Speaking of gloves, there’s another finger to repair on my Fleeps. They still kept my hands warm, though I can definitely feel that they’re getting thin. Maybe I can wear them for another year, but then it will be time to make another pair for myself. Meanwhile, Michael’s new Fleeps made their debut and did their job wonderfully. He says he’s going to show them off to everyone, and I totally believe him. The magnet-snaps that I sewed in are seriously awesome. My next pair will definitely have those included.
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End of year tallying-up post!
Incoming fibre in 2010:
3572 grams / 7.8 pounds – some handpainted top, some natural roving. Nearly four pounds of wool and one pound of alpaca were unexpected gifts to me! And I won a lovely 4 ounces of combed top in the Tour de Fleece, pictured here. It’s the brightest fibre I think I’ve ever owned.
Outgoing fibre in 2010:
Spun 450 grams / almost one pound. Participating in the Tour de Fleece sure helped with that number, but I’m hoping and planning to spin even more next year. Knitting with handspun yarn is a wonderful thing, and therefore I must make more yarn so that I can knit with it. This three-ply Corriedale would make great thick armwarmers, and I have some foresty green and gold merino/silk that would be wonderful as gloves or socks, and some bluesy-green Falkland that would be perfect as a hat.
Incoming yarn in 2010:
28 skeins in, which seems high, except eleven of them are small skeins for the twins’ sweaters.
Outgoing yarn in 2010:
19 skeins out, if I include the almost-done projects in my count. That might be cheating a bit. Twelve, if I only count 100% finished projects.
Here are the things I knit this year! Five pairs of socks, three of which were gifts. One pair was made from my very own handspun yarn. Two baby hats and a pair of baby booties, and an adult-size hat. Three more projects – Michael’s Fleeps, a hat and a secret baby gift – are very close to completion. Wow, I only finished two things for myself this year? Crazy.
If I have to pick a finished project, Pirate-Husband’s Paraphernalia socks were the most fun to work on. Keeping them secret was part of the fun, and so was modifying the pattern to fit his feet.
If it’s not cheating too much to pick a project that’s not 100% completed, I’m going to say the Winterlude Hat(tm). It’s knit from two-ply Jacob yarn I spun myself, it was a fun challenge to do the colourwork and get it even, I learned how to do a crocheted edging, and it’s going to be the warmest hat ever after I line it with polar fleece.
Least Favourite project:
If I have to pick a project that I finished, I think it would be the Gnome Hat and Booties. Not because there was anything wrong with the pattern, but because the yarn was no fun to work with.
Since I liked everything I finished this year, I’m going to go back to an unfinished project and say the Kureyon socks. I love how they look, but knitting with the Kureyon sock yarn is no fun for me at all. Perhaps I will buckle down in 2011 and get them done, already, and never buy this yarn again. Some people really like it, so I’ll leave it to them.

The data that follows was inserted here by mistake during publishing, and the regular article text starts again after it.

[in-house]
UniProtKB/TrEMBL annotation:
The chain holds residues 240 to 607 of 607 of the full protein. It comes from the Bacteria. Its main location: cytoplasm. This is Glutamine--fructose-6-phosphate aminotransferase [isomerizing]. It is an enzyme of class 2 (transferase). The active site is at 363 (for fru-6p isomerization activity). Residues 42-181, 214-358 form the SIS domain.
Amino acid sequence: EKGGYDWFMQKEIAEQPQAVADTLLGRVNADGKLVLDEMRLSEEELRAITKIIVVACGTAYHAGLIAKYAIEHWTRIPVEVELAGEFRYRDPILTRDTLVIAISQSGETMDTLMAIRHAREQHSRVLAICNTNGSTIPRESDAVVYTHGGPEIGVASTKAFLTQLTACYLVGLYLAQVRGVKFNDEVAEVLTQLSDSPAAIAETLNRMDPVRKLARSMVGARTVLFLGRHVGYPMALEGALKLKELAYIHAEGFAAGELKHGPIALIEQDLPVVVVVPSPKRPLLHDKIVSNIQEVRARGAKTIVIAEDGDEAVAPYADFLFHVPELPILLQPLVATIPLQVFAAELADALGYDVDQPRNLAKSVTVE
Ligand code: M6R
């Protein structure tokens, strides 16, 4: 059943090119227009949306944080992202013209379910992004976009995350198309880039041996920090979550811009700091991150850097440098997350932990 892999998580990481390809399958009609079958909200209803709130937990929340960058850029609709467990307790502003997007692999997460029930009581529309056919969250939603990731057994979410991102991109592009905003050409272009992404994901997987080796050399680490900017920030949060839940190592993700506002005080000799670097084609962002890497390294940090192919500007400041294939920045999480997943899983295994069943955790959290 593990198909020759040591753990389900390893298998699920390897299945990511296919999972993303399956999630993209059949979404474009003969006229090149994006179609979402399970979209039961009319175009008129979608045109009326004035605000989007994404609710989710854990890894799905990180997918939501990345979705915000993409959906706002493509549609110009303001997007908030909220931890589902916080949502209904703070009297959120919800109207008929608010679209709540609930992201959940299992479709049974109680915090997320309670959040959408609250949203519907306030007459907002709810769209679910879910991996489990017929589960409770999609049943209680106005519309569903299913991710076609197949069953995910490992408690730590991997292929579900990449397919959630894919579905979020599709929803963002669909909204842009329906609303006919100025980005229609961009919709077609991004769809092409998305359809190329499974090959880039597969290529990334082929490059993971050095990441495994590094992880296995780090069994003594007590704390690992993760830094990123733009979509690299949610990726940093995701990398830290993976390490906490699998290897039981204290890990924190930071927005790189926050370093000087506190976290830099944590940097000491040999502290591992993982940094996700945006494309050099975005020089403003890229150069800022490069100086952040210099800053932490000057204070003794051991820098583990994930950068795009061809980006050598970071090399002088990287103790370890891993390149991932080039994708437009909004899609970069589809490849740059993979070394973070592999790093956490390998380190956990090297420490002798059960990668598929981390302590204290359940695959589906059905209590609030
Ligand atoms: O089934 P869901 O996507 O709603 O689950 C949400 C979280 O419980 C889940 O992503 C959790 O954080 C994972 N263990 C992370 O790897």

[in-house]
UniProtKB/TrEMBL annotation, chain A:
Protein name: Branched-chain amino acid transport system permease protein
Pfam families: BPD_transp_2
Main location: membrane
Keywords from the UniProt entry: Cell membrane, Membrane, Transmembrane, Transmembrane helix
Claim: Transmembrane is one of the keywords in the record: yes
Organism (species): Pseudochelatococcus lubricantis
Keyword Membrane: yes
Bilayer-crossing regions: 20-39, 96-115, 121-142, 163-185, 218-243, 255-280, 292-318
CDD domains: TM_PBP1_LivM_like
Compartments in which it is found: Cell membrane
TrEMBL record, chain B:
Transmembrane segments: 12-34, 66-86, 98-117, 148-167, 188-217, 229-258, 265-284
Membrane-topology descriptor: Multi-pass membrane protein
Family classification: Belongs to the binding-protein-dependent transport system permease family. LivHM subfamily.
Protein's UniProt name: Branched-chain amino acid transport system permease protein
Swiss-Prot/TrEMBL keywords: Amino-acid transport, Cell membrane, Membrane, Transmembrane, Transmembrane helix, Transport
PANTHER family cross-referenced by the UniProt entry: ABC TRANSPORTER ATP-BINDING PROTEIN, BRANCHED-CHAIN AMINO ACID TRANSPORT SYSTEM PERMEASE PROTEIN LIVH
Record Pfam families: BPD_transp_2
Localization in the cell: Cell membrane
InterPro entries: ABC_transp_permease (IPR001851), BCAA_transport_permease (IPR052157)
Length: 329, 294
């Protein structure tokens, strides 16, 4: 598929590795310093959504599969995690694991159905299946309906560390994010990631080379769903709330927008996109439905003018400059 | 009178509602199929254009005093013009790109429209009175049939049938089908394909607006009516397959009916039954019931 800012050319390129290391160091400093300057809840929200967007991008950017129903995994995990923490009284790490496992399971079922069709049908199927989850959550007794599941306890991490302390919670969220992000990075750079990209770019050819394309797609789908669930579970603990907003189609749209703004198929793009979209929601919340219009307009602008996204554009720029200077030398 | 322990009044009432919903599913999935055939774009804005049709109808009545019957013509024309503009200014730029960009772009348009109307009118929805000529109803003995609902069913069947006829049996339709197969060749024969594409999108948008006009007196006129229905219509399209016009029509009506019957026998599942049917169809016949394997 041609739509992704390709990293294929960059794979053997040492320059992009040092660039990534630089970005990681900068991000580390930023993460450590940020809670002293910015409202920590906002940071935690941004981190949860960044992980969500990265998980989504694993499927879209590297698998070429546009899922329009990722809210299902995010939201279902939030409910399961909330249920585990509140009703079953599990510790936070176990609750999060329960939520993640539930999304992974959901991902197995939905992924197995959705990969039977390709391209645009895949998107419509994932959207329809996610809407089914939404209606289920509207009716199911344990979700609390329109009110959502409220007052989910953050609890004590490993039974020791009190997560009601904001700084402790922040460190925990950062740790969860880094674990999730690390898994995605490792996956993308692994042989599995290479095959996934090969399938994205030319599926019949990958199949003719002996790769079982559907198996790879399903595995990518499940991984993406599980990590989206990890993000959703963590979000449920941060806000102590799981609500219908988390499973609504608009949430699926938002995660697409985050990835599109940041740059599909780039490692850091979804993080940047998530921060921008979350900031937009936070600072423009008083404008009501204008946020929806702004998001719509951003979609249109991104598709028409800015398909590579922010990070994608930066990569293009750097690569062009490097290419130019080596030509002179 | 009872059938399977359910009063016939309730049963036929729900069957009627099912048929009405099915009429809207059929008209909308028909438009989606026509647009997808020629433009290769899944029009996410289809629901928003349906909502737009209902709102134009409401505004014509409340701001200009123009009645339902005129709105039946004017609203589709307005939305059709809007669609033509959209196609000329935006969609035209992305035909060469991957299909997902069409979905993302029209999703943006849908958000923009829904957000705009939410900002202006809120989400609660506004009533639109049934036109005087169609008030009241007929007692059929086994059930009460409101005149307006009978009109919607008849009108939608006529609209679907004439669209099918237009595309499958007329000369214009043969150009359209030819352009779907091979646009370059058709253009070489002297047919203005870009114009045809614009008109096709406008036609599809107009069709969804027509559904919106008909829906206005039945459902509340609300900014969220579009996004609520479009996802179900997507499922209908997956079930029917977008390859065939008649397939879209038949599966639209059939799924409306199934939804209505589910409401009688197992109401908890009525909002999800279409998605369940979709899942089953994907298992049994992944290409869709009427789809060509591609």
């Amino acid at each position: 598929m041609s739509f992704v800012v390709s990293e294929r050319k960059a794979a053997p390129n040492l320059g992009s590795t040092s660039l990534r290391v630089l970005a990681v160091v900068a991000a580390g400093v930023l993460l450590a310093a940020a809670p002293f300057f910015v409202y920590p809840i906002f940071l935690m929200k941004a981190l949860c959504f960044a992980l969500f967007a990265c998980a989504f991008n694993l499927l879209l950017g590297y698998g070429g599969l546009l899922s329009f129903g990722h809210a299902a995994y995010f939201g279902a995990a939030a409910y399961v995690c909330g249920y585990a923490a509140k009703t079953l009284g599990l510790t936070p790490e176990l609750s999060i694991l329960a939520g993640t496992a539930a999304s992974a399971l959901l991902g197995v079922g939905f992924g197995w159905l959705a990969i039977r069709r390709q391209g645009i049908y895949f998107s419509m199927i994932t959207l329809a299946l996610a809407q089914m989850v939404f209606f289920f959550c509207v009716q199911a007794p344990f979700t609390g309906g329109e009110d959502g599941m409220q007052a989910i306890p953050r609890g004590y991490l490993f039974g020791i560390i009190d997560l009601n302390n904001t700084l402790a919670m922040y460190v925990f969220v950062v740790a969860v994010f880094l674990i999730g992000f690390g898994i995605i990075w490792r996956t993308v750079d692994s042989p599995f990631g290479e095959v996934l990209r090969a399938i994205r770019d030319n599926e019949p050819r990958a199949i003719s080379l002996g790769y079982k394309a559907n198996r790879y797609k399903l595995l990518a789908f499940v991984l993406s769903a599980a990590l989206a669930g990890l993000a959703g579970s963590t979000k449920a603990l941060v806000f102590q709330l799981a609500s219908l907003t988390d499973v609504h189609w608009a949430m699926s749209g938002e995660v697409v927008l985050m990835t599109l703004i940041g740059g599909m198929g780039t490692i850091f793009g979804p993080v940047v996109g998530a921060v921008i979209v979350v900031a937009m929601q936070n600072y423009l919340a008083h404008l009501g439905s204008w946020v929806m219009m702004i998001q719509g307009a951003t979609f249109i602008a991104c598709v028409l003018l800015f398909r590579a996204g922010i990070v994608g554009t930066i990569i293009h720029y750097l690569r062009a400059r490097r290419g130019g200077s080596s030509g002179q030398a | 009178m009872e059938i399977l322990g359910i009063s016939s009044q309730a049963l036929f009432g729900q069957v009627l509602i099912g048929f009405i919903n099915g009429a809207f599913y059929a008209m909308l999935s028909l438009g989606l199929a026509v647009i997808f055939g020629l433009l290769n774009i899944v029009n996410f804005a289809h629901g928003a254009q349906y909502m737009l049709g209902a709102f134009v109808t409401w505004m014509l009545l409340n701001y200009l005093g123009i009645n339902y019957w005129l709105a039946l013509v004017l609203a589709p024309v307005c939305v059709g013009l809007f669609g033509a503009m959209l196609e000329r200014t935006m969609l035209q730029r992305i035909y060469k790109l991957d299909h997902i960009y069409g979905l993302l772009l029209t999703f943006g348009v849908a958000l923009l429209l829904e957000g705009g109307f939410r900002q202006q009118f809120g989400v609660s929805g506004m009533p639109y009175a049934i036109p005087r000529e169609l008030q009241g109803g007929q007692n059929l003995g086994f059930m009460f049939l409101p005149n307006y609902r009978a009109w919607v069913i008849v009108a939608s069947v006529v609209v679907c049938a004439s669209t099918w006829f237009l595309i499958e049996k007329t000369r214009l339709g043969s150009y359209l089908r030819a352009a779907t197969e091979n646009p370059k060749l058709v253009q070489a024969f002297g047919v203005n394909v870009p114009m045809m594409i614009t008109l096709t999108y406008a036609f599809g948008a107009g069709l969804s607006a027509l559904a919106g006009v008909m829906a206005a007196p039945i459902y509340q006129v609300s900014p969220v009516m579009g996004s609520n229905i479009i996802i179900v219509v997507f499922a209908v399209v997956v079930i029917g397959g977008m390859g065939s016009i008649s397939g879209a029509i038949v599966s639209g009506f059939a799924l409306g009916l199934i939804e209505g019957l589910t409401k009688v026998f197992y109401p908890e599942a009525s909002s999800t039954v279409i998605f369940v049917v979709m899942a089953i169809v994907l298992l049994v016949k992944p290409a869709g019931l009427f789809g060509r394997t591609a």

Two! First the Sibling Socks, a fine-gauge sock that grew from the need for a suitable pattern to use with Trekking XXL at 45 stitches per four inches. Then, in a more sensible gauge, the similar Cakewalk Socks.
I’d like to release at least one new pattern in 2011, and maybe even two of them! I’ve got plans in mind, it really will just come down to having enough time to sit down and work on them.
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My brother and sister-in-law found out last week that both of the impending twins are girls! I am so excited to have two more little niecelings on the way. (Only a tiny bit of that is because “nephewling” just doesn’t have the same ring to it.) Right now they’re being referred to as Thing One and Thing Two… yes, my brother is a Dr. Suess fan, why do you ask?
I brought the KnitPicks catalogue with me to New York, and pointed out the Swish Worsted to my sister-in-law as the yarn I thought would be best for the twins’ sweaters. We had a lot of fun looking at the colours, but she already knew that she wanted one sweater to be pink, and one to be purple. It was just a matter of picking the right shades. The pink was easy, since there was only one that we liked – the other was way too bright. This colourway is called “Carnation”. Carnations are my favourite flowers, and maybe the Pink Nieceling will grow up to like them as well.
The purple was a little more difficult, since there were more shades to choose from. After going back and forth we decided that this “Amethyst Heather” would work well. The plan is to make two “Presto Chango” sweaters (link to free pattern on Jimmy Beans Wool) with an extra front panel in each colour. The twins can then wear solid colours, or swap their sweater-fronts for a new look. I’m considering making each panel with a different lace pattern so I don’t get too bored with knitting the same thing four times over. Two identical sweaters will be enough as it is; it’s a good thing that baby knits go so quickly!
I wasn’t sure how much of each colour to buy, so I asked the wise minds on the Ravelry forums, and we settled on five skeins per sweater. That should definitely be enough for the extra panel as well. Someone suggested that if there was enough yarn remaining after the sweaters were done, I could knit a hat. That seemed like such a good idea that I bought one extra skein in “Sugar Plum” to coordinate. If I have time, I’ll stripe it with the leftovers to make two not-quite matching hats.
The three yarn pictures in this post came directly from KnitPicks’ site. I’m sure I’ll take my own pictures as soon as the yarn arrives!